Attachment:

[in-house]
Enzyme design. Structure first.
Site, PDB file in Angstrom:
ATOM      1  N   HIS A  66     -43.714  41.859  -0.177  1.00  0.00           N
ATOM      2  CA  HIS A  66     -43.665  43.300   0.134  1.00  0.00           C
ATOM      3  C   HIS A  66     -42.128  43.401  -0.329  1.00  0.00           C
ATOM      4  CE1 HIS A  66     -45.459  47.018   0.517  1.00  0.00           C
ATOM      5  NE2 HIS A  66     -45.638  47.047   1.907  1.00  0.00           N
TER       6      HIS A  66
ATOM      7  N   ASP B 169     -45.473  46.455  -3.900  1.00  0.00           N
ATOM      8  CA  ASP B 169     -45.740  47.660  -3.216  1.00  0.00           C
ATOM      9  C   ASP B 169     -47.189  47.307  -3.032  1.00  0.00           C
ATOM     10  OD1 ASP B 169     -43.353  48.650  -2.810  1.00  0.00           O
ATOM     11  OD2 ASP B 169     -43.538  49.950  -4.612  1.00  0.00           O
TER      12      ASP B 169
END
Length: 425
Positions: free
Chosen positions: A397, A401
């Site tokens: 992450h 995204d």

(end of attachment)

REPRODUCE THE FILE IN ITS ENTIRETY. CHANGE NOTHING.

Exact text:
[in-house]
Enzyme design. Structure first.
Site, PDB file in Angstrom:
ATOM      1  N   HIS A  66     -43.714  41.859  -0.177  1.00  0.00           N
ATOM      2  CA  HIS A  66     -43.665  43.300   0.134  1.00  0.00           C
ATOM      3  C   HIS A  66     -42.128  43.401  -0.329  1.00  0.00           C
ATOM      4  CE1 HIS A  66     -45.459  47.018   0.517  1.00  0.00           C
ATOM      5  NE2 HIS A  66     -45.638  47.047   1.907  1.00  0.00           N
TER       6      HIS A  66
ATOM      7  N   ASP B 169     -45.473  46.455  -3.900  1.00  0.00           N
ATOM      8  CA  ASP B 169     -45.740  47.660  -3.216  1.00  0.00           C
ATOM      9  C   ASP B 169     -47.189  47.307  -3.032  1.00  0.00           C
ATOM     10  OD1 ASP B 169     -43.353  48.650  -2.810  1.00  0.00           O
ATOM     11  OD2 ASP B 169     -43.538  49.950  -4.612  1.00  0.00           O
TER      12      ASP B 169
END
Length: 425
Positions: free
Chosen positions: A397, A401
């Site tokens: 992450h 995204d």